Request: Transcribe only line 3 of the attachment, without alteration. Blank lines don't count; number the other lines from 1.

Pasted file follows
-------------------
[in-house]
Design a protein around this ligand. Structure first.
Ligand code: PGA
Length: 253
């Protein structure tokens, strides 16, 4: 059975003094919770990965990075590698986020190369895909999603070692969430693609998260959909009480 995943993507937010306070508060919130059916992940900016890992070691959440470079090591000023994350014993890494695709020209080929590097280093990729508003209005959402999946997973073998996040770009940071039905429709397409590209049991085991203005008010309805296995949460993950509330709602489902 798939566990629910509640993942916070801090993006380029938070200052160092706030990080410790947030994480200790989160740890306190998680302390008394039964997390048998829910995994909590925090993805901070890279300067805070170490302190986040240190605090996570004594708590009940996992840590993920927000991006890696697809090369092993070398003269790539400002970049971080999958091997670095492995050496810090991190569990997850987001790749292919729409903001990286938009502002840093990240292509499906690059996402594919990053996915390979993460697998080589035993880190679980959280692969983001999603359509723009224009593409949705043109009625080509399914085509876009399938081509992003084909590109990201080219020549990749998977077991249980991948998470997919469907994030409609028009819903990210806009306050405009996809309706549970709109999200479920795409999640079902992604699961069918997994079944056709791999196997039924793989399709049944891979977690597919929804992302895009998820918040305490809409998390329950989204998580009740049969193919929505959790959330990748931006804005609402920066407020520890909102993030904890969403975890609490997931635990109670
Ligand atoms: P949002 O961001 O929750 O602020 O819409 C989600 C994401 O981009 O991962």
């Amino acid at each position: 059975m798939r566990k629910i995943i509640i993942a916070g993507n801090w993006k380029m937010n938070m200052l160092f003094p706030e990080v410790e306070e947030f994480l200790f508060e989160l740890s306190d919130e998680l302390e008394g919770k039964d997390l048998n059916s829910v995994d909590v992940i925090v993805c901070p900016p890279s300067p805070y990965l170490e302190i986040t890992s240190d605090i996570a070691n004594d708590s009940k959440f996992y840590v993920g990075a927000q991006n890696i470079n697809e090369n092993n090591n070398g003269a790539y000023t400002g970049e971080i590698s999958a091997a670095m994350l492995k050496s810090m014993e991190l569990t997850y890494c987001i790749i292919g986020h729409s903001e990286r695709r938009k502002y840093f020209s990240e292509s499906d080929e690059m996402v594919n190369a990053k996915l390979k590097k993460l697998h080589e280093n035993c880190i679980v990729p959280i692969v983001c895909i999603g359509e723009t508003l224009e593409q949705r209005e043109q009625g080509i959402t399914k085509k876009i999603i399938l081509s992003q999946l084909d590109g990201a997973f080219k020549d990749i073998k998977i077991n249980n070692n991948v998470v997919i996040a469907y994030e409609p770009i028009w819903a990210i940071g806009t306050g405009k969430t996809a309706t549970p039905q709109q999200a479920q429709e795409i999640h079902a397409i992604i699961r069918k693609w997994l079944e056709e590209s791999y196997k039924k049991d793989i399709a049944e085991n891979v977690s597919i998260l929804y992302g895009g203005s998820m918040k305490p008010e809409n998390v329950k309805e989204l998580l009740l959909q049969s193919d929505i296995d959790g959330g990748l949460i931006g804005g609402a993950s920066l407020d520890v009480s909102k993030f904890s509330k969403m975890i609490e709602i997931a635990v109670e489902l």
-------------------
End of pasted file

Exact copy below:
Ligand code: PGA